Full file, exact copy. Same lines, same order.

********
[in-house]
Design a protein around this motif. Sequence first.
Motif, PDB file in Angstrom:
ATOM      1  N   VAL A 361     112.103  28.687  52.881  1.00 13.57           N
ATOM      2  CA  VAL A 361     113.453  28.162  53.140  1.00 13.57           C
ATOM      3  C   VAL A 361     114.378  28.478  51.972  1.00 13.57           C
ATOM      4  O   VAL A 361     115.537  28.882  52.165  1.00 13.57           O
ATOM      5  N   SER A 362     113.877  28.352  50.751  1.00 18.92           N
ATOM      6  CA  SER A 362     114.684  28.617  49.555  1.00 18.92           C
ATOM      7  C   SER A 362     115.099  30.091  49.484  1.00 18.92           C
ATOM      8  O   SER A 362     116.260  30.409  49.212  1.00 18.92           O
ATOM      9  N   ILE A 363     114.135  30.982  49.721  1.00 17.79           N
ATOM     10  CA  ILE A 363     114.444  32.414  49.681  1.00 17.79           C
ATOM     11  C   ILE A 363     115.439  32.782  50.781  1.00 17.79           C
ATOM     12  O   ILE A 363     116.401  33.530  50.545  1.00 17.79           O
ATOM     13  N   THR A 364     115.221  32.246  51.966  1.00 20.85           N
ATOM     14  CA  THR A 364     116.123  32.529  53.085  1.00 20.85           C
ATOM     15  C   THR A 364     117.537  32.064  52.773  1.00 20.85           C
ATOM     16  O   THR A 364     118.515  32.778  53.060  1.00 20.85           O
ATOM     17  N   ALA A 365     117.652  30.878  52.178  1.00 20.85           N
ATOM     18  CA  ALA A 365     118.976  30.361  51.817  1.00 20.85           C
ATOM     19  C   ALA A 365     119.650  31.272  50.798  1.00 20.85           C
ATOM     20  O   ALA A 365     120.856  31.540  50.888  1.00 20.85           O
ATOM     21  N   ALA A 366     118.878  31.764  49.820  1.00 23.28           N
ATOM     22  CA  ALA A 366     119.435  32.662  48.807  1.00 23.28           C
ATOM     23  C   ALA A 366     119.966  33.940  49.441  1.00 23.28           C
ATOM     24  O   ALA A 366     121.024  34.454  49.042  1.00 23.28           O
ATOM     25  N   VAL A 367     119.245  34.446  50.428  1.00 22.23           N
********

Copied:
[in-house]
Design a protein around this motif. Sequence first.
Motif, PDB file in Angstrom:
ATOM      1  N   VAL A 361     112.103  28.687  52.881  1.00 13.57           N
ATOM      2  CA  VAL A 361     113.453  28.162  53.140  1.00 13.57           C
ATOM      3  C   VAL A 361     114.378  28.478  51.972  1.00 13.57           C
ATOM      4  O   VAL A 361     115.537  28.882  52.165  1.00 13.57           O
ATOM      5  N   SER A 362     113.877  28.352  50.751  1.00 18.92           N
ATOM      6  CA  SER A 362     114.684  28.617  49.555  1.00 18.92           C
ATOM      7  C   SER A 362     115.099  30.091  49.484  1.00 18.92           C
ATOM      8  O   SER A 362     116.260  30.409  49.212  1.00 18.92           O
ATOM      9  N   ILE A 363     114.135  30.982  49.721  1.00 17.79           N
ATOM     10  CA  ILE A 363     114.444  32.414  49.681  1.00 17.79           C
ATOM     11  C   ILE A 363     115.439  32.782  50.781  1.00 17.79           C
ATOM     12  O   ILE A 363     116.401  33.530  50.545  1.00 17.79           O
ATOM     13  N   THR A 364     115.221  32.246  51.966  1.00 20.85           N
ATOM     14  CA  THR A 364     116.123  32.529  53.085  1.00 20.85           C
ATOM     15  C   THR A 364     117.537  32.064  52.773  1.00 20.85           C
ATOM     16  O   THR A 364     118.515  32.778  53.060  1.00 20.85           O
ATOM     17  N   ALA A 365     117.652  30.878  52.178  1.00 20.85           N
ATOM     18  CA  ALA A 365     118.976  30.361  51.817  1.00 20.85           C
ATOM     19  C   ALA A 365     119.650  31.272  50.798  1.00 20.85           C
ATOM     20  O   ALA A 365     120.856  31.540  50.888  1.00 20.85           O
ATOM     21  N   ALA A 366     118.878  31.764  49.820  1.00 23.28           N
ATOM     22  CA  ALA A 366     119.435  32.662  48.807  1.00 23.28           C
ATOM     23  C   ALA A 366     119.966  33.940  49.441  1.00 23.28           C
ATOM     24  O   ALA A 366     121.024  34.454  49.042  1.00 23.28           O
ATOM     25  N   VAL A 367     119.245  34.446  50.428  1.00 22.23           N